Fiberglass Vs Closed Cell Spray Foam – Best Insulation?
The debate always surrounds fiberglass vs closed cell spray foam insulation. There are many different types of thermal insulation and the performance characteristics of these materials vary greatly as well. The most common types of insulation used in modern building practices consist of:
- Fiberglass batts
- Mineral wool batts
- Blown-in cellulose
- Preformed foam polystyrene
- Polyurethane or polyisocyanurate boards
- Polyurethane spray foam insulation. [Open and Closed Cell]
As a contractor, I often get asked why do I use closed cell spray foam on my products, and what are the benefits when compared to traditional fiberglass insulation. I recently had a chat with Brandon Maranian from Apex insulation to discuss this and see if I was on the right track on my projects.
In a nutshell, I prefer using closed-cell when the budget allows. When talking to clients I use this breakdown to explain insulation effectiveness:
- Closed-cell spray foam R6.5 per inch
- Open-cell spray foam R3.5 per inch
- Fiberglass insulation R 2.2 per inch
Brandon broke the two spray types of foam insulations down for me and then compared them to fiberglass insulation.
What is Open Cell and Closed Cell Insulation
Not all spray foams are created equal. Both open-cell and closed-cell spray foams result from a chemical process by mixing isocyanate and polyol at the site of application that rapidly expands between 30-100 times its size. Spray foam is applied by a high-pressure applicator gun directly to the area being insulated. The foam rapidly cures and adheres in place.
Open-cell spray foam has a higher expansion ratio of 100:1 than closed-cell and is a great thermal and sound insulator. Open-cell foam has an R-value of roughly 3.5 per inch. The cell structure of the foam isn’t completely closed and as a result, the foam is a bit softer and more flexible. With adequate depth, open-cell can act as a good air barrier but it cannot act as a vapor barrier.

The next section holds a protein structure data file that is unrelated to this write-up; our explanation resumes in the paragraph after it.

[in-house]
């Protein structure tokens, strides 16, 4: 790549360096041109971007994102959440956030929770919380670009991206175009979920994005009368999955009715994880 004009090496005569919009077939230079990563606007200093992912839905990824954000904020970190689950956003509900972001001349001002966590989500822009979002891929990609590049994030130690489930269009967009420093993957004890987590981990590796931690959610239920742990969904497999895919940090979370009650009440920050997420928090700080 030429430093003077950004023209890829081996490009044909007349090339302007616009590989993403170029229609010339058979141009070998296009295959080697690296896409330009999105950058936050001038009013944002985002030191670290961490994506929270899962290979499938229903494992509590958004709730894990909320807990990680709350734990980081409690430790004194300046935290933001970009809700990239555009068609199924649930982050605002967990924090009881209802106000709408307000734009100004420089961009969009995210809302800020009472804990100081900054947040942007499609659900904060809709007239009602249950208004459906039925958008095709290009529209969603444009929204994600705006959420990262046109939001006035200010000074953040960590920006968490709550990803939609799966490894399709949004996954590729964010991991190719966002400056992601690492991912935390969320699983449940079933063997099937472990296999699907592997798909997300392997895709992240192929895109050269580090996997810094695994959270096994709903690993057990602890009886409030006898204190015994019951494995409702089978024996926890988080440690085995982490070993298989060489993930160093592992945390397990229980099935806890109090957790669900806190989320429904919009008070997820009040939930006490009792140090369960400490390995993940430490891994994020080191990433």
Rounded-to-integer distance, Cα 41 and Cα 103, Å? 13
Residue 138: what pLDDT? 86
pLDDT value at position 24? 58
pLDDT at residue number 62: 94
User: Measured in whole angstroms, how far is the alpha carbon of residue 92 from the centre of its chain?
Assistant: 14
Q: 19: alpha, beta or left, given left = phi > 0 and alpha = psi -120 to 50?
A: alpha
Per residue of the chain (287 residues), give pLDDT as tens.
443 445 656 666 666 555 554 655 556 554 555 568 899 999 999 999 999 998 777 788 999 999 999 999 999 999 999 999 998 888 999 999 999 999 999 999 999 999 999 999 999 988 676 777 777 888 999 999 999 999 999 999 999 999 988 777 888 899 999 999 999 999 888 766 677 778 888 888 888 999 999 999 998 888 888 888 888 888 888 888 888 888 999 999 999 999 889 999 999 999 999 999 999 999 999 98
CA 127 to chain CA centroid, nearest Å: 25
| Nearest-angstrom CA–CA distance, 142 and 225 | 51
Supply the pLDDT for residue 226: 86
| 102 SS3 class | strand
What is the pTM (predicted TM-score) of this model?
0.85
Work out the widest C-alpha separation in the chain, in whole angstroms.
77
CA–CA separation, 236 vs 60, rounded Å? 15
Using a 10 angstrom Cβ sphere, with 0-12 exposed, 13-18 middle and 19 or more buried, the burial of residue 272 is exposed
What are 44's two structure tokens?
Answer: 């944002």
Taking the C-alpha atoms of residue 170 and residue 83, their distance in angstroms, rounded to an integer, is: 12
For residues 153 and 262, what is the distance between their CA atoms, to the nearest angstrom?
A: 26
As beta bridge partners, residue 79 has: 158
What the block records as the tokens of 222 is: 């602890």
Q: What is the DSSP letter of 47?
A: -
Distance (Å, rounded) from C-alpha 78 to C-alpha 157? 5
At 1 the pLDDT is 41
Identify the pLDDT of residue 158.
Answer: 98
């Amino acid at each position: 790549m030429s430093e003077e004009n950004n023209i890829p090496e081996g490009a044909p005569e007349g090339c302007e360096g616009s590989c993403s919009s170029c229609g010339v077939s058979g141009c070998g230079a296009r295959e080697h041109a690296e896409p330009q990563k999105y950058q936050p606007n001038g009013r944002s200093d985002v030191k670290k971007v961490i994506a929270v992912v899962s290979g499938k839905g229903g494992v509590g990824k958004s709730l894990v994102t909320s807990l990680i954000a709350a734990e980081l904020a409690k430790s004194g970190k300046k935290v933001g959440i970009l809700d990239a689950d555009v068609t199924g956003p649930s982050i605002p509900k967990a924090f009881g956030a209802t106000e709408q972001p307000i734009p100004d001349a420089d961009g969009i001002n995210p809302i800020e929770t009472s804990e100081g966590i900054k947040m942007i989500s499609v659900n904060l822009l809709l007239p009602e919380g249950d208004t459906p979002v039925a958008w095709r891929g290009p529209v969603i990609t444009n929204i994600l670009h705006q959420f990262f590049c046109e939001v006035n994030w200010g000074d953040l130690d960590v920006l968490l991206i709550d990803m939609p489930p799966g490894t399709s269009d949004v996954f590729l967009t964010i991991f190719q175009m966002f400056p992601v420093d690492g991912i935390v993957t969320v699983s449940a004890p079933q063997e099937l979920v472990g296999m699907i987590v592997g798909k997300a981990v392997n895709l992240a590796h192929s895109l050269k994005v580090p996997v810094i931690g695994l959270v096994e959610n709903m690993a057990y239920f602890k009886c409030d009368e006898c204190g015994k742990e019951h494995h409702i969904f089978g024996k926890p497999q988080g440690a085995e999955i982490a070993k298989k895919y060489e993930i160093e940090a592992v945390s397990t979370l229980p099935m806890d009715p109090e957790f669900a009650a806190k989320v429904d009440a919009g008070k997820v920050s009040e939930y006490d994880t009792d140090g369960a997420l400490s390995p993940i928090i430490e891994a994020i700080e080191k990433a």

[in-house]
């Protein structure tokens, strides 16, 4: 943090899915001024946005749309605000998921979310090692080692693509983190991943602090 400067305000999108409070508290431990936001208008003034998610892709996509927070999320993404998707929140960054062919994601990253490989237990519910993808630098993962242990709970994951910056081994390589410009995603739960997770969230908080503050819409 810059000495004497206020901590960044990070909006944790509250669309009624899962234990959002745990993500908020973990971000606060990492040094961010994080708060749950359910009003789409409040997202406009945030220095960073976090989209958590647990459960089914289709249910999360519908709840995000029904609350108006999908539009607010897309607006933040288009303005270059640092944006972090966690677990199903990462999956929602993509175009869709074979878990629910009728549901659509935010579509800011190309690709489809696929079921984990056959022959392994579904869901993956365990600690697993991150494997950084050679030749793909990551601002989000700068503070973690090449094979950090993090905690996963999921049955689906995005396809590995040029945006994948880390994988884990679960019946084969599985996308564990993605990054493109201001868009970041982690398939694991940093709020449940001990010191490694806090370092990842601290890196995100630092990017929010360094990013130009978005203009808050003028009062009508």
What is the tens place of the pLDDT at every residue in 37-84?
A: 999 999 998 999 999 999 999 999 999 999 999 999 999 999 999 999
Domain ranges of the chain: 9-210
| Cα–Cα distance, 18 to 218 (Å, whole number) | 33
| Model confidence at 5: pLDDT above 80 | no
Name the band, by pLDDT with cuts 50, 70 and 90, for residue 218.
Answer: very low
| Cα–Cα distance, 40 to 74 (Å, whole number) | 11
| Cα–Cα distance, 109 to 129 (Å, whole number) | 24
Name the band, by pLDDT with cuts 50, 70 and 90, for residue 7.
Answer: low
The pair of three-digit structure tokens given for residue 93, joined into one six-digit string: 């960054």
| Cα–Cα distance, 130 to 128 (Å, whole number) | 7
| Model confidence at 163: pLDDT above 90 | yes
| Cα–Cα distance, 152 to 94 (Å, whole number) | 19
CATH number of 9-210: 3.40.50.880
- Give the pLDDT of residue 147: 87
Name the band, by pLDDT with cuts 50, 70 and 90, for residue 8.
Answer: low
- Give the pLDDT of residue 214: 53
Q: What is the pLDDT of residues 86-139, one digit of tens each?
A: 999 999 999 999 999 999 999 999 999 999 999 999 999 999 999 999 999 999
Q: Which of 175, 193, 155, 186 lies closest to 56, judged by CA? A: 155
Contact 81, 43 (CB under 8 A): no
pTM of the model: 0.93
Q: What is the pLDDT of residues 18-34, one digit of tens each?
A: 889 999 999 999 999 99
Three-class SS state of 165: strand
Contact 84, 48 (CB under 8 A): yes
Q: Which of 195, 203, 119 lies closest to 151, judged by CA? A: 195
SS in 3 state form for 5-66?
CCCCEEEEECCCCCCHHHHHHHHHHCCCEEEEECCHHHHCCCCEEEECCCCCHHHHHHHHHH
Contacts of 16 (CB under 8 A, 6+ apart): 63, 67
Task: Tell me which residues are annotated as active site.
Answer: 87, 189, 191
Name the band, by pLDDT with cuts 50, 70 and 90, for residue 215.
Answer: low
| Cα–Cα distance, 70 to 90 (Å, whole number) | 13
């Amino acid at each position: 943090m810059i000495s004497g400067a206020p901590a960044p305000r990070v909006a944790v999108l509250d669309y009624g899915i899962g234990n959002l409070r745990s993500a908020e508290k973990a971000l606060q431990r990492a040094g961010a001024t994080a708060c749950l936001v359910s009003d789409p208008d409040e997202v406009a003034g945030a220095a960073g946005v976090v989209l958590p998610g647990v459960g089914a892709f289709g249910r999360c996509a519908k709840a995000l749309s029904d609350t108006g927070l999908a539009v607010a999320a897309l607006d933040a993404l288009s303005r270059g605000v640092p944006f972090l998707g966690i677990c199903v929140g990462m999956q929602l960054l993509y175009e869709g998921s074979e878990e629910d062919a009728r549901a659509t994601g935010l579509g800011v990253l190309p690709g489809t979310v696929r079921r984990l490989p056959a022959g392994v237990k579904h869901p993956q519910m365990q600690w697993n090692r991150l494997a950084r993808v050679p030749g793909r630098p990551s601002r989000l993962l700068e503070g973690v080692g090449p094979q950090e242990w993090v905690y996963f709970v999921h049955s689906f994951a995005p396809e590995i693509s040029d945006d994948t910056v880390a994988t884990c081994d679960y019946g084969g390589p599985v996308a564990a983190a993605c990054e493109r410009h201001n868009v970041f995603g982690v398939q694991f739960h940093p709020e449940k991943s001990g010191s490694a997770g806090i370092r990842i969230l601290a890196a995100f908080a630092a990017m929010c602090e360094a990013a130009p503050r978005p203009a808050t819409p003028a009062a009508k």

Closed-cell spray foam [CCSPF] has a lower expansion ratio of about 30:1 and results in a foam that is denser and more rigid than open cell insulation. The closed-cell foam has a cell structure that is completely closed. This closed-cell nature allows CCSPF to act as a vapor barrier in addition to having a fantastic R-value of 6.5 per inch.
Fiberglass Vs Closed Cell Spray Foam
Some reasons why closed cell spray foam [CCSF] is far superior compared to traditional fiberglass & cellulose products when insulating the exterior shell:
Fiberglass allows air & moisture to pass through it easily – CCSF is superior because it is in itself an impermeable air & moisture (vapor) barrier.
Fiberglass R-value has depth limitations based on the existing framing – CCSF boasts the highest R per inch of any insulation on the market. Closed-cell spray foam has an R-value of roughly 6.5 per inch while open-cell spray foam has an R-value of 3.5 per inch. The R-value of fiberglass is significantly lower at around 2.2 per inch. In addition, fiberglass insulation loses R-value over time while spray foam insulation maintains its effectiveness.